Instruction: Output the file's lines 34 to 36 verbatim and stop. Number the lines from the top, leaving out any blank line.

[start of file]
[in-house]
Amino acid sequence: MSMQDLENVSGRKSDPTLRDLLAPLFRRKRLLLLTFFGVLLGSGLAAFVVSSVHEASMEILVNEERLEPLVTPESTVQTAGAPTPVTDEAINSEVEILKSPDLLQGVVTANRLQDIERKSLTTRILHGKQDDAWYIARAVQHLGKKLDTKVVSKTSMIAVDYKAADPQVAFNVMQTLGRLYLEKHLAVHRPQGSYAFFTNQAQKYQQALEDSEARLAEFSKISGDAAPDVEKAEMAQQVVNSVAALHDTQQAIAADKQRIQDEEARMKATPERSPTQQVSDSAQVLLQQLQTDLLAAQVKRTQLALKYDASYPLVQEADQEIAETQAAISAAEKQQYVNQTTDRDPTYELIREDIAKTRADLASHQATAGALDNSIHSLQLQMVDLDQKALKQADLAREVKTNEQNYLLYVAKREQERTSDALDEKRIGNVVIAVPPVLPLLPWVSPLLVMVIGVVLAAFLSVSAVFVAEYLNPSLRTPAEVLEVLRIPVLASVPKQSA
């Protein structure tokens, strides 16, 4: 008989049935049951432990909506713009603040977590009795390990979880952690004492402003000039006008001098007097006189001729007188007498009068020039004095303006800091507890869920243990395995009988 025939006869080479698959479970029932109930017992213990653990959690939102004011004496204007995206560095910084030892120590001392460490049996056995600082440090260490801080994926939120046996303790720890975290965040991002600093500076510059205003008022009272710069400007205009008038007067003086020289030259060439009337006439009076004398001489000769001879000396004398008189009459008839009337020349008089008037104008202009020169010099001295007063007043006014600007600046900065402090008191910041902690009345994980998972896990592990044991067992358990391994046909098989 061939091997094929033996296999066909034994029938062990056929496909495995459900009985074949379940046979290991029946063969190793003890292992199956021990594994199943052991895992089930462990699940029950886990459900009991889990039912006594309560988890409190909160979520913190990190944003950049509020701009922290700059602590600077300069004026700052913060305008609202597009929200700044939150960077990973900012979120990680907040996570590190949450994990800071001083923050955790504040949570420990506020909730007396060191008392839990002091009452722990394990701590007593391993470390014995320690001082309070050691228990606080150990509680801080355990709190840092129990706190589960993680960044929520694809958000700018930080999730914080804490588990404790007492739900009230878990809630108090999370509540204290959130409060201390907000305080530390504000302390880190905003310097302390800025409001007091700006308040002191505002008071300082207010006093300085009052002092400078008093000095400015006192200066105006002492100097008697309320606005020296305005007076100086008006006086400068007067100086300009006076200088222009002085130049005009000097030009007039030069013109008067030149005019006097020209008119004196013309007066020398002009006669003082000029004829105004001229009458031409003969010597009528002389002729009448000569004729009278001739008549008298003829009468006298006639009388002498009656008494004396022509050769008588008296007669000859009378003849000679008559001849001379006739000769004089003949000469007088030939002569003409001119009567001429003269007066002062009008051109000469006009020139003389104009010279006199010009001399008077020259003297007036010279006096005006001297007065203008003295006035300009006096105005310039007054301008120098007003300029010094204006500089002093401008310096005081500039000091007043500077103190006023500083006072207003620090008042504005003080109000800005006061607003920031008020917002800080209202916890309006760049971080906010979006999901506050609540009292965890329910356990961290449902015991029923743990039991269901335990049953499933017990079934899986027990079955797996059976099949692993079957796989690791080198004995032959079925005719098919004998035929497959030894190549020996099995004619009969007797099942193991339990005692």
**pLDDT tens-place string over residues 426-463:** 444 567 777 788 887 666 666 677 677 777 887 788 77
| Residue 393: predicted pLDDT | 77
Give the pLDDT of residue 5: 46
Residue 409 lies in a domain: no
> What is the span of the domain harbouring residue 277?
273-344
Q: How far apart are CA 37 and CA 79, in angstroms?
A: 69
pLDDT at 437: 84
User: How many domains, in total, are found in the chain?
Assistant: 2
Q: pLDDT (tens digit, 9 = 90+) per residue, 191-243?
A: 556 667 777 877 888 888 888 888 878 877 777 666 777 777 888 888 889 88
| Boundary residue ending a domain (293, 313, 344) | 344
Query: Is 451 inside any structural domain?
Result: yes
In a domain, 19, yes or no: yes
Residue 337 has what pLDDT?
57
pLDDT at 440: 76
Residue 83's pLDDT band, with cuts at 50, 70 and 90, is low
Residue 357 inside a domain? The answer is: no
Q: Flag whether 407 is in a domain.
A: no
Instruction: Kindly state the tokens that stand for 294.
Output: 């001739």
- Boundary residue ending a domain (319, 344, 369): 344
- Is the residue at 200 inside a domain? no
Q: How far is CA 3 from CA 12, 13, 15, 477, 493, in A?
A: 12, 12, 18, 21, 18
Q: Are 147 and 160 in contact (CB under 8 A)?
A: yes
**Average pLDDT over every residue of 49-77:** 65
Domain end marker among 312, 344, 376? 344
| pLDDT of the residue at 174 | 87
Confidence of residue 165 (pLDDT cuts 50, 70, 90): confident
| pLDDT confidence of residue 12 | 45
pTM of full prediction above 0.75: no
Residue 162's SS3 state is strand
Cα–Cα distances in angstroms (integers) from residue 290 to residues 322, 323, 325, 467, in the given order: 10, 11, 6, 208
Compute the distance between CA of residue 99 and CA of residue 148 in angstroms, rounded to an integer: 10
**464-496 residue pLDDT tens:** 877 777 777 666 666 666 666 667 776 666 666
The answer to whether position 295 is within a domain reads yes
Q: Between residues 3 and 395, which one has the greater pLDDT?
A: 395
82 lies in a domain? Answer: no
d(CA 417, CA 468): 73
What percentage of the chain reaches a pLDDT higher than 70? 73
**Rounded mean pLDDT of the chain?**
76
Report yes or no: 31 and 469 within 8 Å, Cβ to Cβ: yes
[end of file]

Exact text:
Q: Are 147 and 160 in contact (CB under 8 A)?
A: yes
**Average pLDDT over every residue of 49-77:** 65